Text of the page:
All rigours of Constitution ought to apply in PM Cares: Lawyer

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The Delhi High Court was on Tuesday told that the Prime Minister’s Citizen Assistance and Relief in Emergency Situations (PM CARES) Fund can be set up as a trust can be set up but all “rigours of the Constitution” ought to apply.

The court was hearing a petition seeking a declaration that the fund is “state” under Article 12 of the Constitution and to restrain it from using Prime Minister of India or Prime Minister, including its abbreviations, in its name and on its website.

The PMO maintained that the PM CARES Fund comprises voluntary donations made by individuals and institutions and is not a part of the business or function of the Central government in any manner.

Appearing for Public Interest Litigation petitioner Samyak Gangwal, senior advocate Shyam Divan said the Fund is very very closely interlinked with the Prime Minister of India.

“Can you contract out of the Constitution? As long as you are ex-officio, the Constitution will drag you. You are ex-officio, you are taking the oath of office and your allegiance is to the Constitution,” he said.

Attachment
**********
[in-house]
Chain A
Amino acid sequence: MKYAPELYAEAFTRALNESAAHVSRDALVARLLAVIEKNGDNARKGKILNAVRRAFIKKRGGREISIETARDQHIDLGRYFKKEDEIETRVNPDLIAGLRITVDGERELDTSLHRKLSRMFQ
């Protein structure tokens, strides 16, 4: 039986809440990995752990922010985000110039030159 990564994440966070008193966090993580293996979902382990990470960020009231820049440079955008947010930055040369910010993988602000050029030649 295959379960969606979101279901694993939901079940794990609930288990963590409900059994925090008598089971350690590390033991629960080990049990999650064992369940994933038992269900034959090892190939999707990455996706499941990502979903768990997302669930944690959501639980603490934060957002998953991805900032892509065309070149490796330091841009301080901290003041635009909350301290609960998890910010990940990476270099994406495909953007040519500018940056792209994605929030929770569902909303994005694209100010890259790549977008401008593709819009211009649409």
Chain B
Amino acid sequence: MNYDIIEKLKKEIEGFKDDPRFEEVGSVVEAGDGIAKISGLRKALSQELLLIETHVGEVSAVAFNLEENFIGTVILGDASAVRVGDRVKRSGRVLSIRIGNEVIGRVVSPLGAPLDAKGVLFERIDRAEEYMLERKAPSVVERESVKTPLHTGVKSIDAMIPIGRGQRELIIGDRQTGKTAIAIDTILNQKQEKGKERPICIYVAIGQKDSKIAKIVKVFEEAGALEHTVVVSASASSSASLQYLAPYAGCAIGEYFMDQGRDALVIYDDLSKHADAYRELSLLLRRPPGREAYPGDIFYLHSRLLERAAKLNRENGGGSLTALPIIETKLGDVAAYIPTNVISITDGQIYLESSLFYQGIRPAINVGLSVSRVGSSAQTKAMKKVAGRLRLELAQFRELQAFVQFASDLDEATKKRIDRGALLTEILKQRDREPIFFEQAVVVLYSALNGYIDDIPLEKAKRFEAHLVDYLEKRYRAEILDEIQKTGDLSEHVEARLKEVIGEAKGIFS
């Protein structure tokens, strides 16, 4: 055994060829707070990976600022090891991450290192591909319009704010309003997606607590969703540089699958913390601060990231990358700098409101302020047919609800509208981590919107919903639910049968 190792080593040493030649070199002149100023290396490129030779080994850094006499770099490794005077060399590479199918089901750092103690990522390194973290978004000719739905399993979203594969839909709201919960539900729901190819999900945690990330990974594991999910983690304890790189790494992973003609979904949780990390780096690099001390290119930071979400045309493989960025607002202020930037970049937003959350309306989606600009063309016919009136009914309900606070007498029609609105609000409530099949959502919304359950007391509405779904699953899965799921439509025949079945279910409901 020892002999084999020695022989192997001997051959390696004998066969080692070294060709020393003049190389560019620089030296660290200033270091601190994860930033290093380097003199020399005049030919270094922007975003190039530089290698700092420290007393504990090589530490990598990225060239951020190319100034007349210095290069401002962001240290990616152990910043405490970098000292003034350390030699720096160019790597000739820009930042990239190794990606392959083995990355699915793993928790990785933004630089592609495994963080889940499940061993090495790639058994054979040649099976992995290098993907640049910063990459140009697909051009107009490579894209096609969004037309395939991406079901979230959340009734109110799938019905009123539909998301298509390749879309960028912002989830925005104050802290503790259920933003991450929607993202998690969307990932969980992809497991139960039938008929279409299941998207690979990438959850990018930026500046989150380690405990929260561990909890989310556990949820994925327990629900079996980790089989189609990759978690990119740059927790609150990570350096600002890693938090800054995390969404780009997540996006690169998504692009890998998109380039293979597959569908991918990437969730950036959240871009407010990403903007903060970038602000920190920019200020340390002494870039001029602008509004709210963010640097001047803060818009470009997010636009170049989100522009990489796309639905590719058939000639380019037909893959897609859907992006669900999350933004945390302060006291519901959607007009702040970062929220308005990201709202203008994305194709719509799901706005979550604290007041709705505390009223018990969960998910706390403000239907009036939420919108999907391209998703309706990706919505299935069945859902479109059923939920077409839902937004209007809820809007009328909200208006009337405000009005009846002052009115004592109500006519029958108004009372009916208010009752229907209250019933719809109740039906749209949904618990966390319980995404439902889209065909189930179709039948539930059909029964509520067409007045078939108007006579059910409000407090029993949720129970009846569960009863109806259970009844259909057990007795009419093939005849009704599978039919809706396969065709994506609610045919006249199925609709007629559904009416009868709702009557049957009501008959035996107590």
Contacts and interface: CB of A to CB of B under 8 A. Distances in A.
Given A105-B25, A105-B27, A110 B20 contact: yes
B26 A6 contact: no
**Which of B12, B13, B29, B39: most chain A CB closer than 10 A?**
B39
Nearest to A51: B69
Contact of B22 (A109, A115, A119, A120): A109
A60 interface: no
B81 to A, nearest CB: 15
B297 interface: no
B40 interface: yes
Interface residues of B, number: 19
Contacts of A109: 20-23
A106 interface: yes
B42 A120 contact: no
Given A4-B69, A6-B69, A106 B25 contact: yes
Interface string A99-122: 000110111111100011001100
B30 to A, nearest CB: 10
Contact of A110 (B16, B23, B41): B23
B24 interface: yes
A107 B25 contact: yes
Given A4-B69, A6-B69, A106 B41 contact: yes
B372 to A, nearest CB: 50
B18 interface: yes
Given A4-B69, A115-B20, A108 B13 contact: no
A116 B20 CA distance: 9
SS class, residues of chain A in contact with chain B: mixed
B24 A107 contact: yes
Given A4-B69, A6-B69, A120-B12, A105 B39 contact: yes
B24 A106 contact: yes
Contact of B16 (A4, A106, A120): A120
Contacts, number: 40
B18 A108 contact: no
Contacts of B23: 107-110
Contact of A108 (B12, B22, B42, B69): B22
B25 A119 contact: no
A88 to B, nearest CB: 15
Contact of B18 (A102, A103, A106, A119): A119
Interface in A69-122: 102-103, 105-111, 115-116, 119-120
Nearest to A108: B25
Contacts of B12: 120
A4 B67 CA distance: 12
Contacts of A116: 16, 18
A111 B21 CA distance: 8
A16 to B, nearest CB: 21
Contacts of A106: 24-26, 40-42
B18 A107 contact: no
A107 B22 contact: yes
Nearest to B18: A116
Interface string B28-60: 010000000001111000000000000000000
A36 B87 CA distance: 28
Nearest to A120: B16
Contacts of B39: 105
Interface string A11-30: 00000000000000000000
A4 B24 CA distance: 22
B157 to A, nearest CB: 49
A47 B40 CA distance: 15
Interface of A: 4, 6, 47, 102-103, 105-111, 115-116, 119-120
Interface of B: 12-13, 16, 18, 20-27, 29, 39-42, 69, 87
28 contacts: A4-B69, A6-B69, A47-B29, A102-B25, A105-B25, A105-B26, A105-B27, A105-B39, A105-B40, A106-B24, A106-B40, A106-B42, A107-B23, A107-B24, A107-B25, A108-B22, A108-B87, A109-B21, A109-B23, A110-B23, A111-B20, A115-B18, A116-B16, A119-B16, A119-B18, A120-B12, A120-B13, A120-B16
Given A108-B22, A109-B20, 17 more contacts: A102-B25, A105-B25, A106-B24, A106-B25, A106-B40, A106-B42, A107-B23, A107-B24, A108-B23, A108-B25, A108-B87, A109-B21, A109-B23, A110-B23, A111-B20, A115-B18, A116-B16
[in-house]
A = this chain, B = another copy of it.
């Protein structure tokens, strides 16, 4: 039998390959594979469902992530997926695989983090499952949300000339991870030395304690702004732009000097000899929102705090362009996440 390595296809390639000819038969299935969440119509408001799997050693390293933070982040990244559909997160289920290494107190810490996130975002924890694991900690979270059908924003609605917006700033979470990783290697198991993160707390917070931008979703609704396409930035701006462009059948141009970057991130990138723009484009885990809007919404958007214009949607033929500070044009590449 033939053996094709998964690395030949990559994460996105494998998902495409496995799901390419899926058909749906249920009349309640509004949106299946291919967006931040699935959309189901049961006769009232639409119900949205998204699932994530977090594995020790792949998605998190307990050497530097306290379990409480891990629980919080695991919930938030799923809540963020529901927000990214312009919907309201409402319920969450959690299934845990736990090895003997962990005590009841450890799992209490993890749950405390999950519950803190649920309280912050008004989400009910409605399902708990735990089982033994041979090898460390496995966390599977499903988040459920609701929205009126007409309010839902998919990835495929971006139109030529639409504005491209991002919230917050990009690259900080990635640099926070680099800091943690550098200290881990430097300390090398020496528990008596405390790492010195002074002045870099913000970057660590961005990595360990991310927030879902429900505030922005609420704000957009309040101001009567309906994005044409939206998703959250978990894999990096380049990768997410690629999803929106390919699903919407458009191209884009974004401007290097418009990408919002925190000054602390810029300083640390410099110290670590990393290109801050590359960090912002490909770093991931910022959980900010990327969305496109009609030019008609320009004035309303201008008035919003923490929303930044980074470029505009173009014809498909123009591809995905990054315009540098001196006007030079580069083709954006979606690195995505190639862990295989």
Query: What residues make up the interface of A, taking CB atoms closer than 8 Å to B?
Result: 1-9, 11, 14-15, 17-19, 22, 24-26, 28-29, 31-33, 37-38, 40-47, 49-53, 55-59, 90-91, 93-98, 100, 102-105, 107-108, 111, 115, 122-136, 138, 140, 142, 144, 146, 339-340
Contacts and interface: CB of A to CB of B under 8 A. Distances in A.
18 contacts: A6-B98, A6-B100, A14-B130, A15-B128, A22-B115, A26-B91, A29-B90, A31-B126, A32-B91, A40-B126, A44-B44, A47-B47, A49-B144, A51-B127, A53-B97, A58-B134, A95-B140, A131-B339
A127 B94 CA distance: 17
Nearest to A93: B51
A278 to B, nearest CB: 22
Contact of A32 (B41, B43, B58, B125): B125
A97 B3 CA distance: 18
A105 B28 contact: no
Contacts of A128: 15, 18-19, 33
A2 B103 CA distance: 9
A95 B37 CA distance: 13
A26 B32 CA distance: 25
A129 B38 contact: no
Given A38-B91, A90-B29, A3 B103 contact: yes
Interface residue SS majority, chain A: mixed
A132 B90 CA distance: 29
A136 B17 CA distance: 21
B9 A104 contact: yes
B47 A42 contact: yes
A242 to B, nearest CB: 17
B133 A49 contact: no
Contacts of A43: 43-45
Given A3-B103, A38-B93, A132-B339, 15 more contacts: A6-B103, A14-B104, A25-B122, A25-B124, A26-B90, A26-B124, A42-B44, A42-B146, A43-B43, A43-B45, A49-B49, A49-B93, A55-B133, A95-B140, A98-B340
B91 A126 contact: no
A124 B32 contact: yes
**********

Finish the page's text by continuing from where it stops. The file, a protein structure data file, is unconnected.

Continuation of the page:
As the bench asked whether he meant a trust could not have been set up, Divan said the trust can be set up but all rigours of the Constitution ought to apply there.

“Today it’s a trust, tomorrow it may be a private company!” he said.

According to the Centre’s earlier submissions, PM CARES Fund is not a “public authority” under the ambit of Section 2(h) of the RTI Act, further clarifying that no government money is credited in the PM CARES Fund and only unconditional and voluntary contributions are accepted under PM CARES Fund.

“It is reiterated that the Trust’s fund is not a fund of the Government of India and the amount does not go in the Consolidated Fund of India,” said an affidavit filed by the PMO.

The Centre further said that the trust functions on the principles of transparency and public good in larger public interest like any other charitable trust and, therefore, cannot have any objection to uploading all its resolutions on its website to ensure transparency.

Such a prayer is not only unheard of but is legally not maintainable, it said while urging the Delhi High Court to dismiss the petition.

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